The most important leadership focus in today’s workplace is on culture. The focus on culture has shifted from thinking about employee satisfaction to employee engagement to now employee fulfillment and belonging. In the age of employee satisfaction, companies strived to remove workplace inefficiencies to affect the productivity of the workplace. The information economy shifted the focus from satisfaction to engagement where knowledge was a part of the innovation process, and the priority was to recognize employee talents and maximize their contributions. We are now in the age of purpose with a focus on meaning and making a difference on the job. The discussions have moved toward the “whole person” and how they are included and feel a sense of purpose at work. Employee fulfillment and belonging have set the new standard for workplace culture.
How do we create a workplace culture that employees want to be a part of and contribute to for optimal success? It is imperative that leaders ensure the roles within the organization bring more than just a job feeling to the employees. Employees are looking for more from their work experience and specifically wanting meaning and personal fulfillment on the job. There are three key ingredients to employee fulfillment and belonging. The first ingredient is relationships and how the organization helps employees develop strong caring relationships within the work unit, on teams, and in departments.
The second ingredient is impact and the emphasis an employer gives to how employees are making an impact while at work. It is important for all roles within the organization to be connected to the mission and ultimately see how the work assigned to that role is helping to achieve the company mission. Employees now need to know that their work matters, and that the organization supports them as they navigate at-home childcare responsibilities, increased health risks, and a weakened economy. Getting to know employees on an indidivual basis is key to creating fulfillment within the workforce culture.
The third ingredient is growth. Employees want to be a part of an organization that dedicates resources to developing the workforce. Learning and development are key factors in employees feeling valued and a part of the future of the organization. Creating a culture where there are shared beliefs and norms help employees shape how they work together and connect to one another across functions. There are specific skills that employers have indicated are critical for success in the future. Some of those skills are critical thinking, growth mindset and continuous improvement, resiliency, curiosity, digital fluency, and supervisors mastering the skill of coaching. The concentration on employee development provides employees with a sense of preparation for future roles and develops a talent pipeline for the future success and sustainability of the organization.
Employee fulfillment and belonging are outcomes of a strong, connected, purpose filled culture. Conducting an organizational network analysis is helpful when trying to understand how information is communicated throughout the agency. When employees feel informed and in the loop, they are much more likely to be fulfilled in their roles and their productivity increases because they feel like they belong to something bigger than themselves. It is the “greater good” sense of belonging that contributes to employees having purpose at work. Visualizing and analyzing formal and informal relationships throughout the organization can help leaders form communication strategies that leverage the organic exchange of information, thereby helping employees become more informed and the business more effective. People’s attitudes toward work have changed due to their experiences during the pandemic. After a year spent working differently than before, many have recalibrated the expectations they have of employers and the priorities they have for themselves. Employers cannot ignore these trends and in order to stay competitive, employers must respond to employee needs and wants by creating a go-to-workplace culture that recognizes relationships, impact, and growth are essential for fulfillment and belonging.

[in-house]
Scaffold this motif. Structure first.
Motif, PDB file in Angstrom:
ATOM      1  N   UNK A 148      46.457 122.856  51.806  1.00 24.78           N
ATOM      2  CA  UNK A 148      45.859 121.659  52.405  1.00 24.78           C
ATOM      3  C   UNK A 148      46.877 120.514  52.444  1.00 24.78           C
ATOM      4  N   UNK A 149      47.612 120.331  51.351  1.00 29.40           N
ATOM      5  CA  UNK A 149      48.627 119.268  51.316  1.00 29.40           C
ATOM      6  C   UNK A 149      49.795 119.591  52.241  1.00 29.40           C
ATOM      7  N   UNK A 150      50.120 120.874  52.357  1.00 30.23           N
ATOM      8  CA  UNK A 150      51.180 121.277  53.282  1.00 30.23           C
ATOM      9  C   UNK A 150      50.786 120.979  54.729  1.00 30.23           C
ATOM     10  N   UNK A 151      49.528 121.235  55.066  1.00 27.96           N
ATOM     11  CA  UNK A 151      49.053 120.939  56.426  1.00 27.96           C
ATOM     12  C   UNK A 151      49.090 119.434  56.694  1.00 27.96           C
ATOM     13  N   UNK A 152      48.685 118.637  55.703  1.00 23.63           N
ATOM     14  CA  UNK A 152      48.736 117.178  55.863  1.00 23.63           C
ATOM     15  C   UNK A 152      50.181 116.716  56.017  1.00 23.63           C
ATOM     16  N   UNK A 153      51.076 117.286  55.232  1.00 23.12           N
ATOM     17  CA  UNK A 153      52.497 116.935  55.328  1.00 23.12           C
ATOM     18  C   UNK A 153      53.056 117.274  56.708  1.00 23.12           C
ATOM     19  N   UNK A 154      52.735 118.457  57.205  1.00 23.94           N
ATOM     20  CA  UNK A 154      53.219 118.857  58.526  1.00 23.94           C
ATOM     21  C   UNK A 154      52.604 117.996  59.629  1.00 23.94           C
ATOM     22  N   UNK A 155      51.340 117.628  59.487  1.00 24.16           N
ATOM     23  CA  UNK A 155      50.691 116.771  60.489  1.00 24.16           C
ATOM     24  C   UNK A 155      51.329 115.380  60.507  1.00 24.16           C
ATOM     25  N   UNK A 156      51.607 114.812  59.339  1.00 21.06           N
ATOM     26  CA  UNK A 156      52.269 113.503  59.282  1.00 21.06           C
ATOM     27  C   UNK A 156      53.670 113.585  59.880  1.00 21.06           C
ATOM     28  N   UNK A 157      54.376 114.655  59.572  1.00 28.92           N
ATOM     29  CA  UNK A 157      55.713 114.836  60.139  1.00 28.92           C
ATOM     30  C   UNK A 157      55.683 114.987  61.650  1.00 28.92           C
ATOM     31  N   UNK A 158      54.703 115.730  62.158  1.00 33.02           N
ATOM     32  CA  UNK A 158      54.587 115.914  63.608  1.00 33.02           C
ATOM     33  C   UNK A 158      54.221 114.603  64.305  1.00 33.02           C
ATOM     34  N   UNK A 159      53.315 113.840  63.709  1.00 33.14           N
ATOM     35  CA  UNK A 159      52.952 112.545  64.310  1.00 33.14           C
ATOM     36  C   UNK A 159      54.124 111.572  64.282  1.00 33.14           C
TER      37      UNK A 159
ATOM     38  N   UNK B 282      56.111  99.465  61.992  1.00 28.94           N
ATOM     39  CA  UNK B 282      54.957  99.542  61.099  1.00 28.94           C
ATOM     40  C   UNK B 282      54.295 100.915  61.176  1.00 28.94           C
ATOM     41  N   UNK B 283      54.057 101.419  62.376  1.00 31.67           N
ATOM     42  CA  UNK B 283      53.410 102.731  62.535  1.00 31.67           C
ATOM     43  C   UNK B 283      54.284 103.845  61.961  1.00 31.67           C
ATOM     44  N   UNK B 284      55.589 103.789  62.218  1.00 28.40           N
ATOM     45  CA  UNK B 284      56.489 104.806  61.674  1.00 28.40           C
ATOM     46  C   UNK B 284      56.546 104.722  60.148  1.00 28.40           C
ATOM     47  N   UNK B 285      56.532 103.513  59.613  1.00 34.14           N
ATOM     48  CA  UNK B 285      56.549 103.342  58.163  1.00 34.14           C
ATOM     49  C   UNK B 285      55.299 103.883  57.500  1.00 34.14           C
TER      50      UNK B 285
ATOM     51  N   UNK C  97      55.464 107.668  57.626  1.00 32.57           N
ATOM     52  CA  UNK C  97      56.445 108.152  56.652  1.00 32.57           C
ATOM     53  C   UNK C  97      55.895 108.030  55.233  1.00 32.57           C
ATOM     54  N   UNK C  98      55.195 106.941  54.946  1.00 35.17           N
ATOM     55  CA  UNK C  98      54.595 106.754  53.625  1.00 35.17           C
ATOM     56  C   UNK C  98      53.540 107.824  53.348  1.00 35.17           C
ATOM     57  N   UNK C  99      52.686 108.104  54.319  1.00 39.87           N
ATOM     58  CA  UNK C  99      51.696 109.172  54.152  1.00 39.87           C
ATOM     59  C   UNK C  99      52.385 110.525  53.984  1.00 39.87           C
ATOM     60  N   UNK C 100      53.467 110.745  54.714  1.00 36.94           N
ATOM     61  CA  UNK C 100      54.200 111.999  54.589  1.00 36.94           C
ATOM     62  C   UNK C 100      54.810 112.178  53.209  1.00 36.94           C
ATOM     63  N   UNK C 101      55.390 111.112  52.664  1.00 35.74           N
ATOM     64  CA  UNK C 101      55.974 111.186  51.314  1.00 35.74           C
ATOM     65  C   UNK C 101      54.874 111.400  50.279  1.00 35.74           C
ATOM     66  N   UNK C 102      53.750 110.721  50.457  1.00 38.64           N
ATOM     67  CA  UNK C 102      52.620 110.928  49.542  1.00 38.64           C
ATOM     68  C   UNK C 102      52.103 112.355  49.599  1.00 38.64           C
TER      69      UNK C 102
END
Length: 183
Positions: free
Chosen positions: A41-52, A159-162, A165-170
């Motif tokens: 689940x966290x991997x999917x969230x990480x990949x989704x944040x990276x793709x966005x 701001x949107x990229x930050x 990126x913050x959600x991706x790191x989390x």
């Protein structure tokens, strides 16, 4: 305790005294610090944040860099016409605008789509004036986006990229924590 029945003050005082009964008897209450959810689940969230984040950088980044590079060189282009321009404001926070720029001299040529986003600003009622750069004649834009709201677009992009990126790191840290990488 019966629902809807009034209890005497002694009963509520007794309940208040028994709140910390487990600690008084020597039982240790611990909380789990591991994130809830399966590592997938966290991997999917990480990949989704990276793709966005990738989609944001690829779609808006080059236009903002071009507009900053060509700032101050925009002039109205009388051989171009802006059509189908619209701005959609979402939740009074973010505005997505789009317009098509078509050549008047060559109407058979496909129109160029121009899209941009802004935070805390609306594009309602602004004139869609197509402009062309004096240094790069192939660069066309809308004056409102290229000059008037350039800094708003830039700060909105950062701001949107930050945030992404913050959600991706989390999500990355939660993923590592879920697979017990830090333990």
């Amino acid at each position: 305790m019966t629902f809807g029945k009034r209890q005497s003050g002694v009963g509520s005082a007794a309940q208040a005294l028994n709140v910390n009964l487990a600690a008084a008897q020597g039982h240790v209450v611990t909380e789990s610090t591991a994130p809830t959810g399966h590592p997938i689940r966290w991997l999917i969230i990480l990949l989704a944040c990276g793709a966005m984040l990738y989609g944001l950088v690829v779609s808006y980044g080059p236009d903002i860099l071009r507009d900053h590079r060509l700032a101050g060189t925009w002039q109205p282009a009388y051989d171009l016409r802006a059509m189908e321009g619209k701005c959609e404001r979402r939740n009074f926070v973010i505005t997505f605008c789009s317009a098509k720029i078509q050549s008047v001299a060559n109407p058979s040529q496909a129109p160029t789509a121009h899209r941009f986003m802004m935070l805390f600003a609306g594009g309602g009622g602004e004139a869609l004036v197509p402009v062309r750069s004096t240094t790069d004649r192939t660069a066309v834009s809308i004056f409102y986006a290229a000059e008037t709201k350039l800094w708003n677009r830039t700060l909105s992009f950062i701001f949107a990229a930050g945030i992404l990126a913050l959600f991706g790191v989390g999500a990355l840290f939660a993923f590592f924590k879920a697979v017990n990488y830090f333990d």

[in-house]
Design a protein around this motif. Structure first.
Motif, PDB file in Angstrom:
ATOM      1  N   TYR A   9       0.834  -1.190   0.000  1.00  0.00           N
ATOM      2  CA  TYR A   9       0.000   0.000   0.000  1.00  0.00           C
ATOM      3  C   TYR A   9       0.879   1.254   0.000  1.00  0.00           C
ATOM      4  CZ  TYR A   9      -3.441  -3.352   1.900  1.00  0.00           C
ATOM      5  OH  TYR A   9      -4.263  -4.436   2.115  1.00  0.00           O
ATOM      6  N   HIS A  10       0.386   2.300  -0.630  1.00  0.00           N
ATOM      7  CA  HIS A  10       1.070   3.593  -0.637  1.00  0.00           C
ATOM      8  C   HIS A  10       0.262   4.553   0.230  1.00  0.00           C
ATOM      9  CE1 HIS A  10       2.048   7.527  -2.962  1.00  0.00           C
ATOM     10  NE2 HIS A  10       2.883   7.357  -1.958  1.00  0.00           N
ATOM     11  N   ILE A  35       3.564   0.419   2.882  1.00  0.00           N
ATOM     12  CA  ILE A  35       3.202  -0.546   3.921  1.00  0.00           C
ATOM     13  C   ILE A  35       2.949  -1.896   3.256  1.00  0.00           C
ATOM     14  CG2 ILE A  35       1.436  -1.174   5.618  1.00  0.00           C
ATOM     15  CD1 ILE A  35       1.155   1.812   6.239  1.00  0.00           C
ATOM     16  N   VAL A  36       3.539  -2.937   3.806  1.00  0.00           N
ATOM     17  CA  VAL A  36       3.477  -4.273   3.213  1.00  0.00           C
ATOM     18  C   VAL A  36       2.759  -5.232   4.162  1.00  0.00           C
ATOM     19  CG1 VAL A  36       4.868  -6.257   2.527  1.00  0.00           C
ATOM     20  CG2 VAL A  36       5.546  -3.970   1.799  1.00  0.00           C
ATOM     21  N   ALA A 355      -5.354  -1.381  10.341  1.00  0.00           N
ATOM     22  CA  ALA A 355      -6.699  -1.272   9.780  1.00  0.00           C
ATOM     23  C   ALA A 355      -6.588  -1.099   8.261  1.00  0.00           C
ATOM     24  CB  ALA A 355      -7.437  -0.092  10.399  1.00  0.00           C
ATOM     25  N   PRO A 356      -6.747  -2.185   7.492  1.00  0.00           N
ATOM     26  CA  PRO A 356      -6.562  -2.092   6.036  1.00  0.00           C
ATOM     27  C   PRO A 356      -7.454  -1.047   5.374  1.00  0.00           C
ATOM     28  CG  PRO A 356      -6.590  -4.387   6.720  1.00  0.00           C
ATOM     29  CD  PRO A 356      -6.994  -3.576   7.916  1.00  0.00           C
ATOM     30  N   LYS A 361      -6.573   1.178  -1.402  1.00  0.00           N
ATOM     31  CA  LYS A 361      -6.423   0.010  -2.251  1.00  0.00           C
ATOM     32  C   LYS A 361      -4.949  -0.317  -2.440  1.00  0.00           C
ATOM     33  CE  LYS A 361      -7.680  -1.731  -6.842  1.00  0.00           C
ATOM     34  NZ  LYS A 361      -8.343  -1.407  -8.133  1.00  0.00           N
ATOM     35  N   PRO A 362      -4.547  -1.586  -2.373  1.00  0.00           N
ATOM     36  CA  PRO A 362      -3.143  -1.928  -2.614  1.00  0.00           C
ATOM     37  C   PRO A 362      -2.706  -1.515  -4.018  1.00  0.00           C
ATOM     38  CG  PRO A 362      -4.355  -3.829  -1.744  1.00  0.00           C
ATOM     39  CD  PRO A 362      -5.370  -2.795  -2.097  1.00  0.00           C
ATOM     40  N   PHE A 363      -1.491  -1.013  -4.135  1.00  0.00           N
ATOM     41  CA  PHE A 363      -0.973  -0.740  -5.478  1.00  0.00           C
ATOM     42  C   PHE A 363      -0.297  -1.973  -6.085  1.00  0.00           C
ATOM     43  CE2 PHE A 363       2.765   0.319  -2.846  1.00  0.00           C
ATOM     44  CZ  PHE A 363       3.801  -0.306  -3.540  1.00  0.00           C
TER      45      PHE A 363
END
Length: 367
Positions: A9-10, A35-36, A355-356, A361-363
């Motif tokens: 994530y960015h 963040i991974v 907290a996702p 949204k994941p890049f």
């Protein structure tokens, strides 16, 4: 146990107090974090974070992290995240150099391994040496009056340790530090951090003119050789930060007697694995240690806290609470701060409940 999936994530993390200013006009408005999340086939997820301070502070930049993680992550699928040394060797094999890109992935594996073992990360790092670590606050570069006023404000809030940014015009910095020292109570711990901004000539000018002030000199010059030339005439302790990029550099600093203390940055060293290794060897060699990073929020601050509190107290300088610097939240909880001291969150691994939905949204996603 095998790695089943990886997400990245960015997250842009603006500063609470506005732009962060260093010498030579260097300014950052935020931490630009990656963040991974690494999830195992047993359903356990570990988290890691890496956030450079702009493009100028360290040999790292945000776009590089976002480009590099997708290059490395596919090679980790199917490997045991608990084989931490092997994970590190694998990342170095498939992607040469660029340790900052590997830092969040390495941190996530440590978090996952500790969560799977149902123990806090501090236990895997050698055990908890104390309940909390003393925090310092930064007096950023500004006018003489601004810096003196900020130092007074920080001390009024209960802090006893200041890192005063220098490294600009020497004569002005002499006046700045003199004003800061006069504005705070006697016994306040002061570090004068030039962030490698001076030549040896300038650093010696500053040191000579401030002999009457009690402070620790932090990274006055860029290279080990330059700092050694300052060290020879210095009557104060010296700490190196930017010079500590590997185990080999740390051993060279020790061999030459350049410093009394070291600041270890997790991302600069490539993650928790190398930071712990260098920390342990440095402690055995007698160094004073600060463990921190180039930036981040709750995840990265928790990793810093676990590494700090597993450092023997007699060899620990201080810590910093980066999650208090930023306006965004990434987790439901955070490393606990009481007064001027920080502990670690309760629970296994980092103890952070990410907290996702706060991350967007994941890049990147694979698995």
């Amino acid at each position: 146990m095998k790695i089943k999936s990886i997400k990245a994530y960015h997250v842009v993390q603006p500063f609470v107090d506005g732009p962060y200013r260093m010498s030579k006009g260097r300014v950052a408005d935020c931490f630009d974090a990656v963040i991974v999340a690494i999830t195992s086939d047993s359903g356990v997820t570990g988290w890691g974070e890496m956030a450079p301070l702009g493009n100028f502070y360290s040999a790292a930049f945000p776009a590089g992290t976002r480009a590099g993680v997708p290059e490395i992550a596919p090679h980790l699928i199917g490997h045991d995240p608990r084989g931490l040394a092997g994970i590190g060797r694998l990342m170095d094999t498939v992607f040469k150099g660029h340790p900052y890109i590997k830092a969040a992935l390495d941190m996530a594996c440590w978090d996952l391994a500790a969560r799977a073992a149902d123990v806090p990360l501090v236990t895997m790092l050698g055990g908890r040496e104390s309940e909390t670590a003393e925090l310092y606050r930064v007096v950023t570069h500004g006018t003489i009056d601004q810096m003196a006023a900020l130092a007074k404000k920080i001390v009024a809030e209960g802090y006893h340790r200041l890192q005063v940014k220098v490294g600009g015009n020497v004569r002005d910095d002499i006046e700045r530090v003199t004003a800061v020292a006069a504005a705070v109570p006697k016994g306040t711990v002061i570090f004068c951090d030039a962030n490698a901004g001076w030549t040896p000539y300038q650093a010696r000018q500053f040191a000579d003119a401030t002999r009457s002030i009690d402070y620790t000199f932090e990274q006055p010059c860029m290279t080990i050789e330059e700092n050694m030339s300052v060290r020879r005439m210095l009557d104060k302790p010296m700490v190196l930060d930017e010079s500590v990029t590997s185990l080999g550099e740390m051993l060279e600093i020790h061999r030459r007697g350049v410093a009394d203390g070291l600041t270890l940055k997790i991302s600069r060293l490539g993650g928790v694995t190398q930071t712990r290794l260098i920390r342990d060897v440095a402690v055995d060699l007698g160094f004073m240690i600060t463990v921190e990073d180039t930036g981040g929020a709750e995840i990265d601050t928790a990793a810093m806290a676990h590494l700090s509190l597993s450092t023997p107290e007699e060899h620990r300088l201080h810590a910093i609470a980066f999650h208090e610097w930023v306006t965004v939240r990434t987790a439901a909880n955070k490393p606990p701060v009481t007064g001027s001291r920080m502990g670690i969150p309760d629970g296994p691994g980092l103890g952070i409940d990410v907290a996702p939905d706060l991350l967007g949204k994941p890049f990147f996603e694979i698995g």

Trish “Doc” Holliday is an educator, international keynote speaker, workshop facilitator, and leadership executive coach who helps professionals be perceived as the talented, confident, creative leaders they truly are. She is a dynamic human resources leader who is passionate about learning. Trish believes in a culture that promotes engagement, encourages retention, and provides development for all employees, positioning the organization as a learning organization.
Trish is founding partner of the HR consulting company, Holliday│Kenning. She has extensive experience in the human resources industry with a special focus on strategy and leader development. She provides leaders in the private and public sectors with an organizational playbook that focuses on growing leaders and driving performance. Trish serves on various non-profit and academic boards and enjoys giving back to the community. As an alum of Leadership Tennessee, Leadership Middle Tennessee, and Young Leaders of Nashville, Trish has a passion for non-profits and is a founding board member of the non-profit organization, Impact Nashville. Trish is Director elect for the Tennessee Society of Human Resources State Council and Board Chair elect for the nonprofit organization, Disability Rights of Tennessee.
From her days in fulltime ministry, in the Appalachian missionary field, and her work in government, private sector, nonprofits, and education, she has found enormous joy in helping people become their best selves and organizations to reach optimal performance.